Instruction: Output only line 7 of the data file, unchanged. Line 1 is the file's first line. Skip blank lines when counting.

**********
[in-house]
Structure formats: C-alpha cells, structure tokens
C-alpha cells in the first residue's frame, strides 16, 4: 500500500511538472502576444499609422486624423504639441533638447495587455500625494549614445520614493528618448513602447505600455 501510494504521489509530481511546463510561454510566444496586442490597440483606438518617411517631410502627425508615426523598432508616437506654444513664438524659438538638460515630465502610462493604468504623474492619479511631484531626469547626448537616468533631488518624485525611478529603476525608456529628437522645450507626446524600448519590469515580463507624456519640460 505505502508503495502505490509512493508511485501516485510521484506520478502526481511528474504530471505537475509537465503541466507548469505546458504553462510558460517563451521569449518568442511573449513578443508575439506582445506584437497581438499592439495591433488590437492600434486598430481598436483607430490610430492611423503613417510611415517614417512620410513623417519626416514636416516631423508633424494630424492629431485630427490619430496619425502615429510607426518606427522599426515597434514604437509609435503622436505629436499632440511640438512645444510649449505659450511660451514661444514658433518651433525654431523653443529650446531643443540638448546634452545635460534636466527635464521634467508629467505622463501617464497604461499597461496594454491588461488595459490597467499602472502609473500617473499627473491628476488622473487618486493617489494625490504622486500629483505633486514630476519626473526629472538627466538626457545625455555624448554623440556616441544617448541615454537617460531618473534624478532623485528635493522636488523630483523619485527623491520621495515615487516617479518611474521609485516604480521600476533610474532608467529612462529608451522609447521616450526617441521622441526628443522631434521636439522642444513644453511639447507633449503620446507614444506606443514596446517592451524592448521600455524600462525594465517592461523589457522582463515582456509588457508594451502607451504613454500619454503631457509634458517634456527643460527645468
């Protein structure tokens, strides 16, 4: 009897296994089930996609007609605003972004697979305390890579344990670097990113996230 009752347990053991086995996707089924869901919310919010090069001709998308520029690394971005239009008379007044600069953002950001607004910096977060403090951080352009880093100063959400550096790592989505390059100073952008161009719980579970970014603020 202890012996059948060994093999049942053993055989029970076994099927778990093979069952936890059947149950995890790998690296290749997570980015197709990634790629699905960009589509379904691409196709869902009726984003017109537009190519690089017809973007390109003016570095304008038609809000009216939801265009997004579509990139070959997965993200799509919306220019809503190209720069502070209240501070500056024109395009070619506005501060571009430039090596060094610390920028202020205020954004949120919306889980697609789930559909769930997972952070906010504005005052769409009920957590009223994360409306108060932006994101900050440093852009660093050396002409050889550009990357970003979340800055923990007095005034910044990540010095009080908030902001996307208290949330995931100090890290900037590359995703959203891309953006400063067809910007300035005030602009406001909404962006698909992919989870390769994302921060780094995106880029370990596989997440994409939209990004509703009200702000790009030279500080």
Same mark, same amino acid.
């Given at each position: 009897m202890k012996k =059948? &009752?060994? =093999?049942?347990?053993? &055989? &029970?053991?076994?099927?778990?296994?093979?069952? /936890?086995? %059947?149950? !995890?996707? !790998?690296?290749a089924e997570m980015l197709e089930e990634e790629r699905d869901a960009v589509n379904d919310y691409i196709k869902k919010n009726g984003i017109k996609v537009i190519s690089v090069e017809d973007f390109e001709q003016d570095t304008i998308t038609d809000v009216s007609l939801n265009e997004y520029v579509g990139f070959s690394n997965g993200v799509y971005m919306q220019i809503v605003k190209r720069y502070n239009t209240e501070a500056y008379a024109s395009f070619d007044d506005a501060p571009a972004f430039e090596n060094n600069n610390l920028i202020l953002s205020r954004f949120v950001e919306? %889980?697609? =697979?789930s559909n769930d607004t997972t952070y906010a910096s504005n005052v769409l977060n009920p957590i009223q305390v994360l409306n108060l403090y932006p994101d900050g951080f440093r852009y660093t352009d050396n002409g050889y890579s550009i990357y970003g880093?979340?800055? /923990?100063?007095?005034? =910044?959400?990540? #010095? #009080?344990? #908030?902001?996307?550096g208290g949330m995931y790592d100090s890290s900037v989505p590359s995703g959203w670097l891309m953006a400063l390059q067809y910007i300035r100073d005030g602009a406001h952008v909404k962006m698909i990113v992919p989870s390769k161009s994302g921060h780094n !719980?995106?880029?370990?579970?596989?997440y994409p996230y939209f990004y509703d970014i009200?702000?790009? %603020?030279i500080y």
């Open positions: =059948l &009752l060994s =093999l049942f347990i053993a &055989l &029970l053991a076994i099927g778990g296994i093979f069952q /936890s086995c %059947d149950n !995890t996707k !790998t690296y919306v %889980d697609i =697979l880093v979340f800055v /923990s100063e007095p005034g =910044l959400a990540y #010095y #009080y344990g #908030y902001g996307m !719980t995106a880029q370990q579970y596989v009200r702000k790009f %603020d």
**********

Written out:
């Open positions: =059948l &009752l060994s =093999l049942f347990i053993a &055989l &029970l053991a076994i099927g778990g296994i093979f069952q /936890s086995c %059947d149950n !995890t996707k !790998t690296y919306v %889980d697609i =697979l880093v979340f800055v /923990s100063e007095p005034g =910044l959400a990540y #010095y #009080y344990g #908030y902001g996307m !719980t995106a880029q370990q579970y596989v009200r702000k790009f %603020d």